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Justin O’Shea and Metallica Reunite on Music Merch

The collection will be unveiled Friday afternoon at London’s Selfridges with a guerrilla-style presentation.
Metallica x Selfridges raincoat | Source: Courtesy
By
  • Christopher Morency

LONDON, United Kingdom — "The best thing about music is that it's so passionate," says Australian designer Justin O'Shea about his upcoming capsule collection created in partnership with legendary heavy metal band Metallica and London department store Selfridges.

The collaboration is something of a reunion; O’Shea cast Metallica in Brioni’s Autumn/Winter 2016 ad campaign during his time as the brand’s creative director.

Now, under his new, self-funded label, SSS World Corp, O’Shea has teamed with the band on a line of apparel and accessories that will launch Friday at 3pm with a guerrilla-style presentation in Selfridges’ beauty department.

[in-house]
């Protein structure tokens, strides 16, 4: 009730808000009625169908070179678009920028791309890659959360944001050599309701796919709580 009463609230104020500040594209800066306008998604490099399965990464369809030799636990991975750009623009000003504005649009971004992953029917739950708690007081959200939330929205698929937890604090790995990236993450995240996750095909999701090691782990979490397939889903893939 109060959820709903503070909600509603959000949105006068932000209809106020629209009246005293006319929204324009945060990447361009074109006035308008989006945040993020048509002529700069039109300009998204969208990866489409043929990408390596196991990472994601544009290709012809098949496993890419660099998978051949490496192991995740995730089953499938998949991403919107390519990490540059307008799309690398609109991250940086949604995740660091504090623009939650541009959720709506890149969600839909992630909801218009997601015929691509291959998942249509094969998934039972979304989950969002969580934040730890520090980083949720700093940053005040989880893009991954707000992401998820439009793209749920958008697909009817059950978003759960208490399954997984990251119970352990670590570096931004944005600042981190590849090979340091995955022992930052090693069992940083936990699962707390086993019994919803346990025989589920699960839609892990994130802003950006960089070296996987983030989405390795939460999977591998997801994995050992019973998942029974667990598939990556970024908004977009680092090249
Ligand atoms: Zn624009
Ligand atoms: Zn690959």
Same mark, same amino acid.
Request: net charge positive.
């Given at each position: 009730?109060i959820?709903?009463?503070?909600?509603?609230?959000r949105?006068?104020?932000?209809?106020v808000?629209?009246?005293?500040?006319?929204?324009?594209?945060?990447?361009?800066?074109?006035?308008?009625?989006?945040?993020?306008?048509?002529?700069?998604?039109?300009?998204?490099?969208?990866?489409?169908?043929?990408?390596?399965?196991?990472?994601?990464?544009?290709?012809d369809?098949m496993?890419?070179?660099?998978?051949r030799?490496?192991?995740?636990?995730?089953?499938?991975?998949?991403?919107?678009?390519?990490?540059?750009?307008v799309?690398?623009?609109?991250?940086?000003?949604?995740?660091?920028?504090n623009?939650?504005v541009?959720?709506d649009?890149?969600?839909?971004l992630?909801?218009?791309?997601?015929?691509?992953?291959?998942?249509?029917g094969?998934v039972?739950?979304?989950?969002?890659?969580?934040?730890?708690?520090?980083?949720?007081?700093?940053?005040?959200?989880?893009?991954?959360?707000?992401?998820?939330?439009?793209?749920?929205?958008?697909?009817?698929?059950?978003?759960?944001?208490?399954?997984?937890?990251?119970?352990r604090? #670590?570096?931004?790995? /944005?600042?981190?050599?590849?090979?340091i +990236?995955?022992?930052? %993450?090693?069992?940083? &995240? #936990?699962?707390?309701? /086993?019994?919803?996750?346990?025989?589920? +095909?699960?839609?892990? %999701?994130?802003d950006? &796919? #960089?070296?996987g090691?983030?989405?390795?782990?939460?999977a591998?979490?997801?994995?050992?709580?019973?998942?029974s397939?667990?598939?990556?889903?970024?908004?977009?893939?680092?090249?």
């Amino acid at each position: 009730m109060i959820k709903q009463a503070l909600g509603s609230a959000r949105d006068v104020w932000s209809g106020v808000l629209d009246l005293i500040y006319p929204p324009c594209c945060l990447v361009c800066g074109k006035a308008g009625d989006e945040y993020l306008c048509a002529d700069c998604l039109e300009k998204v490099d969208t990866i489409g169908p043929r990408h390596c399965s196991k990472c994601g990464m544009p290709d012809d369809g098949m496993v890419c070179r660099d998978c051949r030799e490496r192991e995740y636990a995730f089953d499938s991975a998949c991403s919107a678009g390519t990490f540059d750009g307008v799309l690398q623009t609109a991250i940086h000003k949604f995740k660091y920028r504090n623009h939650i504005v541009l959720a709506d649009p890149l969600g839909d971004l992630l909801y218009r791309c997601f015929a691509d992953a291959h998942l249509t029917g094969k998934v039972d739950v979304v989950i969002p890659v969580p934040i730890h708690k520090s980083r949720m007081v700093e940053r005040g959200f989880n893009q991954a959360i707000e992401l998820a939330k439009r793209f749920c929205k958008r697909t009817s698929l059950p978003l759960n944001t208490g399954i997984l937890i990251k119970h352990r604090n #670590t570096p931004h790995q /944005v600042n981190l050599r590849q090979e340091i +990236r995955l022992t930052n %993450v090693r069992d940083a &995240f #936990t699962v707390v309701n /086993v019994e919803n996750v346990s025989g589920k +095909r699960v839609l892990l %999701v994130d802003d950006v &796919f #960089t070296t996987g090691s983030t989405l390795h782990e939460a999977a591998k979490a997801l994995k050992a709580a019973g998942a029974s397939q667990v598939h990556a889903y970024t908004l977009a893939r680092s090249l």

“It’s about finding a new format of showing and about creating something that’s not supposed to be there,” O’Shea tells BoF. “It looks more like real life instead of a fantasy world. You put the [models] in the middle of what’s already happening and then see how the world reacts to it instead of you creating a world that you know is controllable.”

The collaboration forms part of Selfridges’ “Music Matters” campaign that has been running throughout the summer in an attempt to “reassert the importance of collective experiences in music, at a time when 40 percent of London’s music venues have shut down in the past decade.” The initiative has included a performance from Yang Li’s music merchandise label Samizdat.

“Fashion is becoming more interactive,” says O’Shea. “In the last few years, the brands that are the most influential aren’t the brands producing crocodile bags but those that are real and people have touchpoints with.

The collection, which goes on sale exclusively at Selfridges on October 20 — two days before Metallica’s London show — comprises of bomber jackets, raincoats, sweatshirts and trousers as well as accessories like caps, beanies and socks, all of which riff on the band’s instantly recognisable imagery and typography.

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